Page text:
Hitting gold on the bus: an early look at Devolver Digital’s Dungeon Hearts
Devolver Digital reached out to the Penny Arcade Report after we met on their promotional bus to give us the good news: The company would be publishing an upcoming game called Dungeon Hearts, a sort of match-three game that borrows the mechanics and aesthetics of an old-school JRPG. We’ve included a video of the game’s mechanics if you’d like to learn more. The game is being created by a man named Chris Pavia, and the decision to pick up Dungeon Hearts was made soon after the meeting on the bus.
“It’s funny, we ended up calling Chris that same night from the restaurant. I figured why not make everyone’s day? It was pretty neat to give him that news right afterwards,” Devolver Digital’s Nigel Lowrie told the Penny Arcade Report.
This is the first time I have been present for a game’s initial pitch to the publisher, and I knew I had to follow up with both parties to see how the deal was made, and talk about the game.
“This is the first time I’ve been interviewed for anything,” Pavia said over the phone. He had spent years working in the industry with a few studios, but Dungeon Hearts is the game he’s passionate about. He spent a long time prototyping games before finding something he loved, and then even more time polishing the game for the Game Developers Conference. Pavia also proved to be a cagey operator when it came to his appointment on the bus.
“I was really nervous about pitching Dungeon Hearts before getting on the bus. I didn’t know how long the ride would be, so I got there early enough to ambush a group that went before me and pumped them for information,” Pavia explained. “[The other developer] said they had as much time as they needed, and that the whole thing was pretty relaxed, which put me more at ease.” The beers served on the bus, it must be added, didn’t hurt.
I asked what Pavia had been looking for in a publisher. “As a person who sits in front of the computer all day, I’m not great at evangelizing the game and getting my game and myself out there. I need someone with a lot more experience at getting the word out there. I’ve tried a few times, and failed abysmally,” Pavia said.
Devolver repeated that idea. “We see ourselves more as support for Chris. We have the stance that they are the creative people, they have the vision, they are making the game. If they ask for our input we’ll give it, but it’s their game to make,” Lowrie said. “We fancy ourselves as having the ability to see a game, figure out if there’s potential there, and then take the most unique part of the game and express that to the audience.”
Devolver was coy about the fine details of the business end of the deal, but they were willing to share that they’re targeting PC, Mac, iOS, and Android. “We’re just trying to support where we can, with money, software, and of course marketing,” Lowrie said. “We work with a lot of smaller developers, and we love doing that. There is a lot of flexibility, and many different scenarios.”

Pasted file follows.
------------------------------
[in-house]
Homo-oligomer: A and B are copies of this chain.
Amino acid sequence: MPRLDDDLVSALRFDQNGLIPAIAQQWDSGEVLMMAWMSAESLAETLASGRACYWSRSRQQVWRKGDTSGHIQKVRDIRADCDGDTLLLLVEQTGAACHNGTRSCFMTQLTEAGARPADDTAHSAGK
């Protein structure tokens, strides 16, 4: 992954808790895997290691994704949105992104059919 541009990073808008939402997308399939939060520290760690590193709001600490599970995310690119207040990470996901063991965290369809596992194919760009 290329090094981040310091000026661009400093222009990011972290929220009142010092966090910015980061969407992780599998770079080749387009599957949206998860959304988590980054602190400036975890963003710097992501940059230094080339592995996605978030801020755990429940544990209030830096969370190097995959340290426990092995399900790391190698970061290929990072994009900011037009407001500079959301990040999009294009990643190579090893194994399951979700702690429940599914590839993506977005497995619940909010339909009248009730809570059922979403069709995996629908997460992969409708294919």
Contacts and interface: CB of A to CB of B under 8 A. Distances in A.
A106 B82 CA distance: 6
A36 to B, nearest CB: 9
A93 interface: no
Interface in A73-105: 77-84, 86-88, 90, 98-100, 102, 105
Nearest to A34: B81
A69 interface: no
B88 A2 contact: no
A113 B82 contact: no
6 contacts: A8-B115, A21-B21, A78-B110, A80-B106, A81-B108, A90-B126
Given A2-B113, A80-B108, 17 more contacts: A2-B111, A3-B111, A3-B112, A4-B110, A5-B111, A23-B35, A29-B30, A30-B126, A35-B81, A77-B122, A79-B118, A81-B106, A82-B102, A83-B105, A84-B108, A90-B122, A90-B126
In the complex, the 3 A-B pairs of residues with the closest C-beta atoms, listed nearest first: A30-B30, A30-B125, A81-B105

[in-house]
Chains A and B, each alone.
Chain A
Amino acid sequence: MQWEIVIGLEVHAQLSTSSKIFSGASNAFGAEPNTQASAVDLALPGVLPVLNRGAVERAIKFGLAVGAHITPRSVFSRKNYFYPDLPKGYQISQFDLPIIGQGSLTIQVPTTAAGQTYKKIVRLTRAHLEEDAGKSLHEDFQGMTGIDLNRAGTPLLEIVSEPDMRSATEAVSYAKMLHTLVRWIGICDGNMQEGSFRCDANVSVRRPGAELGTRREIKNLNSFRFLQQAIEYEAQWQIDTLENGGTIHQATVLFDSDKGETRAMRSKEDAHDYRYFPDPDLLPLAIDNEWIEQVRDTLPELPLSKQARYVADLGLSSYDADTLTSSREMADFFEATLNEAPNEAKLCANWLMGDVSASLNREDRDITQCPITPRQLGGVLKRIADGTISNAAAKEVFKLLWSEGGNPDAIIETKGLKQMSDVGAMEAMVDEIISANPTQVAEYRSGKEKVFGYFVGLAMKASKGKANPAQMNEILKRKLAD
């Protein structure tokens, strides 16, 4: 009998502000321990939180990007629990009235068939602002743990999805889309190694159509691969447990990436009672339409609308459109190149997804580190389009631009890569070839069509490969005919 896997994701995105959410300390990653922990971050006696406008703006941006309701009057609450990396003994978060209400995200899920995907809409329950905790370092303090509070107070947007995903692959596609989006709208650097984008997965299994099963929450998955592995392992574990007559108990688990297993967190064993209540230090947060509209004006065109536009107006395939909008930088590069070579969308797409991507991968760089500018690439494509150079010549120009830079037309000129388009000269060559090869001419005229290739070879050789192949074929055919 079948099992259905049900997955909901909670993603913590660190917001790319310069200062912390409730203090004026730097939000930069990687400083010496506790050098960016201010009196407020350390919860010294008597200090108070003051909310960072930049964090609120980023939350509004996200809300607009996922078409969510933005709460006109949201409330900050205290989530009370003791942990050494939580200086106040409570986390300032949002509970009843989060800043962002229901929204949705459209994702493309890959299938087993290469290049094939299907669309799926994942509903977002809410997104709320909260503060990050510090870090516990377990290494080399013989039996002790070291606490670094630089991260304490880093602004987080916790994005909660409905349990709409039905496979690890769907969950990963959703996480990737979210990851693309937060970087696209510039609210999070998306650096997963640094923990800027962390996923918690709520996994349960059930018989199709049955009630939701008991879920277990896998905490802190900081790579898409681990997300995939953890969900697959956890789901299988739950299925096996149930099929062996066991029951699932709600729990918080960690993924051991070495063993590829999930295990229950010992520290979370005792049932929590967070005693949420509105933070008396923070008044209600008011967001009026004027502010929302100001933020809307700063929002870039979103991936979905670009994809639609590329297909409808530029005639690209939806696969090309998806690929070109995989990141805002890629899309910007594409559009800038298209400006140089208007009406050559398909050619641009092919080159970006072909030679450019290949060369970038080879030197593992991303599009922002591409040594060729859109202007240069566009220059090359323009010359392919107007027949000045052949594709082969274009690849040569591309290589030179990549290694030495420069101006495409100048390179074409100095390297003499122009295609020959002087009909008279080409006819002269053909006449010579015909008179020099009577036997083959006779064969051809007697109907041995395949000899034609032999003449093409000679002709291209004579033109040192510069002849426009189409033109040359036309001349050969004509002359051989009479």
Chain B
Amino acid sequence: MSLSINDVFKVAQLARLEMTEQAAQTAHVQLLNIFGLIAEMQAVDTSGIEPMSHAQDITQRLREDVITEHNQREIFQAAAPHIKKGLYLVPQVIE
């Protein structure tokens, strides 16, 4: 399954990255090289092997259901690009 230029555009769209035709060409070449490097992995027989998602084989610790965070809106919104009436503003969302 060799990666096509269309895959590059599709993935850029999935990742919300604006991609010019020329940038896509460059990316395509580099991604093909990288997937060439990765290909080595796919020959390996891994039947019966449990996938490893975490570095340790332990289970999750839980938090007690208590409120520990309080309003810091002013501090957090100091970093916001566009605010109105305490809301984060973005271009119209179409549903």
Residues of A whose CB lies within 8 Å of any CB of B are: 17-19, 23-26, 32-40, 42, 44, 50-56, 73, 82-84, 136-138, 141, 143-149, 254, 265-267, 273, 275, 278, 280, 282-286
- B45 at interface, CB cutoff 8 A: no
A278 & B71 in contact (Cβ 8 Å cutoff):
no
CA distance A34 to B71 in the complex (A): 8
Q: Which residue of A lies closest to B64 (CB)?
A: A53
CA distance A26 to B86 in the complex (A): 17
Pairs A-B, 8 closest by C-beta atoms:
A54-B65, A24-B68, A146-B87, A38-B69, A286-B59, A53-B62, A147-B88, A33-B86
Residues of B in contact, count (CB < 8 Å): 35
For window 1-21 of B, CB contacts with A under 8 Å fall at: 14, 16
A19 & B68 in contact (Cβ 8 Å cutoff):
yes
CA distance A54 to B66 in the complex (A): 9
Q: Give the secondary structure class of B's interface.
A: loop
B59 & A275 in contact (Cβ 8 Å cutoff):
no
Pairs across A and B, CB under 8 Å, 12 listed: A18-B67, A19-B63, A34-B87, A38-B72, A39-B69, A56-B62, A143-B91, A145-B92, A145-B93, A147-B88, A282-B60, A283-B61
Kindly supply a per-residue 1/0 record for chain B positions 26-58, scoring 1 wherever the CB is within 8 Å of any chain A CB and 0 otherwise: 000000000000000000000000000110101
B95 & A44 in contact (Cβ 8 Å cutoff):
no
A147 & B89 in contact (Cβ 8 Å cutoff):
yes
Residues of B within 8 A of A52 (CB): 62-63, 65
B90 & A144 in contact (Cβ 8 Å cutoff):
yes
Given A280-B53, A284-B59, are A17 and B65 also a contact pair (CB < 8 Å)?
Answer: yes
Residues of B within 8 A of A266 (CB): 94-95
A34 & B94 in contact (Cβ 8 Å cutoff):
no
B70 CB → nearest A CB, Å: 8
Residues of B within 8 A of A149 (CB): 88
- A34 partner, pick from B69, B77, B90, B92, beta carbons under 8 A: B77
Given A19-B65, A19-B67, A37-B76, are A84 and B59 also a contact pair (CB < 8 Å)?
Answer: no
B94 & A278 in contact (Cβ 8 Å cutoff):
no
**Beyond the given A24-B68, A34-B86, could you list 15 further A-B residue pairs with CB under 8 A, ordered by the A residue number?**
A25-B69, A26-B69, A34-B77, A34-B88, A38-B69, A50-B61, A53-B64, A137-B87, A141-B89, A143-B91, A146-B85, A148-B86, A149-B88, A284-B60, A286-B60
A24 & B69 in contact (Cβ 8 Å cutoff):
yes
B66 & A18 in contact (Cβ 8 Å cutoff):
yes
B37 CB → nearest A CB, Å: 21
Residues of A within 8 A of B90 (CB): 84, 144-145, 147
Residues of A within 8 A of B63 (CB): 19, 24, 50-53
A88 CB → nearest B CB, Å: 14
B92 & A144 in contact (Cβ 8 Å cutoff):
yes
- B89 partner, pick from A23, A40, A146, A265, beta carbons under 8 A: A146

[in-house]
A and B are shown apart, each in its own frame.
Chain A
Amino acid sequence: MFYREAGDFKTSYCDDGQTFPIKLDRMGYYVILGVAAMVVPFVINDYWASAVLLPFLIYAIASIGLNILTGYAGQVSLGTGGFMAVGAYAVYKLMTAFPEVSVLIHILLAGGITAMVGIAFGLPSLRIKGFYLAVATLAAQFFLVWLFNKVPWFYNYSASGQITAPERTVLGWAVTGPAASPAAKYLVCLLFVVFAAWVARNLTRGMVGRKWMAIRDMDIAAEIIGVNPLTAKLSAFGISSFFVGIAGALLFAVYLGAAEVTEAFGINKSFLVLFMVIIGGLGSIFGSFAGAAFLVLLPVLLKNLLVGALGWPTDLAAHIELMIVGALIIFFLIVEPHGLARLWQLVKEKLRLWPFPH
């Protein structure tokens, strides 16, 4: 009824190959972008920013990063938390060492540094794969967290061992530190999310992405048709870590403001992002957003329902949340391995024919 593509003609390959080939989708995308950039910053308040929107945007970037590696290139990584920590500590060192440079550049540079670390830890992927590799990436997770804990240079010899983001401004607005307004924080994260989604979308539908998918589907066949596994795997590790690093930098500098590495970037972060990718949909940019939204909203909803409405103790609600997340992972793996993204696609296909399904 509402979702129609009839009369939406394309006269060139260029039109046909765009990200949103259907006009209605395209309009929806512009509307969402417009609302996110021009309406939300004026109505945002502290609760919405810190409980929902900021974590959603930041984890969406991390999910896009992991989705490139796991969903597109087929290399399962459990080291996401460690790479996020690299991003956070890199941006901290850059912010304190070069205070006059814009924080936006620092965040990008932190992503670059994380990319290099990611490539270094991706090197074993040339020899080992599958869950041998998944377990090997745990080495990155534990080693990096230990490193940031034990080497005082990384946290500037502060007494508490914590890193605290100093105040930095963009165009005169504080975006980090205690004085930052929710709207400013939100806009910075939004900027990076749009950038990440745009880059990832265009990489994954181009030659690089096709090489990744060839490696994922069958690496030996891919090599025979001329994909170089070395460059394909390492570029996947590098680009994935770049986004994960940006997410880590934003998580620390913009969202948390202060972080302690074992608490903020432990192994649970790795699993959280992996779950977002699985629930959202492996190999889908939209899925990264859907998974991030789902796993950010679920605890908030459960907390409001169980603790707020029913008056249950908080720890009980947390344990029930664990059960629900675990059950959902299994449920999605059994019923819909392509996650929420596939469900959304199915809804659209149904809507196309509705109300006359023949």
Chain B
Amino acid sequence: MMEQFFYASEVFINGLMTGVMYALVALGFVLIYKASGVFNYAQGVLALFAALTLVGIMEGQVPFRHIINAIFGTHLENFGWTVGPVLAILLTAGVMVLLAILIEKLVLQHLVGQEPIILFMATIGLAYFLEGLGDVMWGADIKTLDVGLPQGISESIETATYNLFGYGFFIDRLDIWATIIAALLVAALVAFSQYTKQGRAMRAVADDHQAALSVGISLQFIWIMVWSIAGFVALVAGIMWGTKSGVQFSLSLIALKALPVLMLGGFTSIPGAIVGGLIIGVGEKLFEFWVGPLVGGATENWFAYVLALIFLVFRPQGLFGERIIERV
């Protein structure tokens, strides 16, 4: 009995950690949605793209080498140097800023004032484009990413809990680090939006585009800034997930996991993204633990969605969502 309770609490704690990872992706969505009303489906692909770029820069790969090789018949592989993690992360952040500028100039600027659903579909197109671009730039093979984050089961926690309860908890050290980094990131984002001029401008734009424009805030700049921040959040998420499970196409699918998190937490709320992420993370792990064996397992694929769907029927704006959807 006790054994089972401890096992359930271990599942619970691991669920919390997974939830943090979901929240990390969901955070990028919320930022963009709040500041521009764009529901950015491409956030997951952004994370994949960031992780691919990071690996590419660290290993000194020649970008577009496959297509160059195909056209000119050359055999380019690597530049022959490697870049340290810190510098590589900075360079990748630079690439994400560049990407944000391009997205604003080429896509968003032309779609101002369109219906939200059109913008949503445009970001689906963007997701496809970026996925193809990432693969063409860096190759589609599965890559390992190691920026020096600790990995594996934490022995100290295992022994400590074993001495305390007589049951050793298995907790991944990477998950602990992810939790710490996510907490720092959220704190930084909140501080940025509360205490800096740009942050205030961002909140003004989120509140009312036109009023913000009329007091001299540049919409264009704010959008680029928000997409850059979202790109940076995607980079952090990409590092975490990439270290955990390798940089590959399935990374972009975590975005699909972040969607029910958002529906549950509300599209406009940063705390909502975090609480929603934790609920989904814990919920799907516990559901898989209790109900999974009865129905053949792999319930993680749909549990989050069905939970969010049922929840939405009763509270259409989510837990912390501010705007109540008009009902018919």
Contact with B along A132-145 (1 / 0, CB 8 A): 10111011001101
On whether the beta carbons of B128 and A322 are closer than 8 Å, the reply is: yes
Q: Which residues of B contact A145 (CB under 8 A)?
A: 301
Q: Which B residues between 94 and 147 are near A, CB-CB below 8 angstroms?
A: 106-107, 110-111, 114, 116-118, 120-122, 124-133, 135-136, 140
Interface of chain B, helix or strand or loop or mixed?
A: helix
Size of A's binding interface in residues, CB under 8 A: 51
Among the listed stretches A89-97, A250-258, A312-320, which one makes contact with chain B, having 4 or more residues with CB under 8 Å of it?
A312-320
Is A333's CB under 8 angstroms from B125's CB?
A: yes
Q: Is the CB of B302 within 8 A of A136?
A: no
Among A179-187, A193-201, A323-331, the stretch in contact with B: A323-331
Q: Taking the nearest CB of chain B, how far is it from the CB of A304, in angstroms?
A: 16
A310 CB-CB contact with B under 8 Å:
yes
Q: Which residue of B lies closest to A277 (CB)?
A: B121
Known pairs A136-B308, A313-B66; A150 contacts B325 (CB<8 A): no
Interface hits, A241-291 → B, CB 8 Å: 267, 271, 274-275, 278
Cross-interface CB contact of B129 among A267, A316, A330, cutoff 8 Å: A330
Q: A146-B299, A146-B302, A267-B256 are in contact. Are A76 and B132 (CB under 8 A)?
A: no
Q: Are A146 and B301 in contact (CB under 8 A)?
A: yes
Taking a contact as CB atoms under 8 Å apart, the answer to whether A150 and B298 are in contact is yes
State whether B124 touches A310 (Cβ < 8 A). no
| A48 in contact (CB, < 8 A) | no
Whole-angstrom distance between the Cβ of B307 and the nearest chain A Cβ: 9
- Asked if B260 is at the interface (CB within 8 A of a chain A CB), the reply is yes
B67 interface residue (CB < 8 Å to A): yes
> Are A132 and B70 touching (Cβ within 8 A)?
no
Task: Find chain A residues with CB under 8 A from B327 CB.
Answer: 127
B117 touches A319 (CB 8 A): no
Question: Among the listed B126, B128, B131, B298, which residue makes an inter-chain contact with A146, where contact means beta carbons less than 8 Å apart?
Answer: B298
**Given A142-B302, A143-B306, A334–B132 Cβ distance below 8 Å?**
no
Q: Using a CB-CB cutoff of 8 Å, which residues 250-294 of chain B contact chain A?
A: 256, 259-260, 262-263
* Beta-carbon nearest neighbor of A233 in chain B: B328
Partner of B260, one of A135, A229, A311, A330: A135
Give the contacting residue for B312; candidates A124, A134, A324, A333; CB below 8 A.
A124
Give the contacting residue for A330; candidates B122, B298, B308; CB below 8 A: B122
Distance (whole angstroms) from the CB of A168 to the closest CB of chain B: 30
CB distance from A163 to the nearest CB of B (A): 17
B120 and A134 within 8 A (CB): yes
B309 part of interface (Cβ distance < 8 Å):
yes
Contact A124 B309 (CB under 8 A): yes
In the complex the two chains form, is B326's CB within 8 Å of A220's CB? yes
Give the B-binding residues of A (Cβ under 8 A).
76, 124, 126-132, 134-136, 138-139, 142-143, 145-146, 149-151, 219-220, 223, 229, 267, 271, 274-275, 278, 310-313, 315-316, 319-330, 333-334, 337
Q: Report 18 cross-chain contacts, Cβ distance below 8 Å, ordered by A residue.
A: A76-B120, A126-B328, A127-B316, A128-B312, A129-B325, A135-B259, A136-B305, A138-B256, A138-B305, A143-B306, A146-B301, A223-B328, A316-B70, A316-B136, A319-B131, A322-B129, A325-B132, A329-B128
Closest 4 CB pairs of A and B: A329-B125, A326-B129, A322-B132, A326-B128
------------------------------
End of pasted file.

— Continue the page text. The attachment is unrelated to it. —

In the case of Dungeon Hearts Devolver Digital paid for animators and artists to help with the game’s visuals, and they provided Pavia with a better Macbook and an iPad 3 to test the game, along with some development software that improved his workflow. It was a simple process: Pavia wrote a list of what he required, Devolver stated what they could provide as part of the agreement, and ideally everyone will benefit with the game is released.
Of course, Devolver has only published a few games, and they’re open about the fact that they continue to learn about what does and doesn’t work with publishing games on portable devices. Still, Lowrie pointed out that many meetings during GDC were set up due to referrals from the teams that worked with Devolver on the Serious Sam indie games, and that those games were profitable.
The problem with Dungeon Hearts, and the very public way it was picked up, is that Devolver Digital is now under the microscope; people are going to be watching the game to see how well it does, and both the publisher and developer may be judged by the success or failure of the game.
“I don’t see it as pressure, because we see [Dungeon Hearts] as a fantastic game,” Lowrie said when I brought this up. “That means it’s halfway to being a successful game. The other half is making sure you communicate that. I wouldn’t say it’s pressure, it’s more like pride. We’re very proud that we set up something unique.” He also pointed out that with stories like this, Devolver is able to let gamers see Dungeon Hearts in the alpha state (the video embedded in this story is several months old) and move forward to see the final product. There will be more transparency with this approach. “Why not open the door a little bit, and see the game in development, and see how its changing and evolving. You can go to the website or through twitter and give feedback,” he explained. “Chris probably feels a little pressure, but it’s good pressure.”
Having watched Pavia pitch the game and seen it in action, I can say that I’m certainly looking forward to playing it. Devolver’s unorthodox style certainly allows the company to stand out. Heck, we’ve already written two articles about the company, and one about the game. They’re certainly doing something right.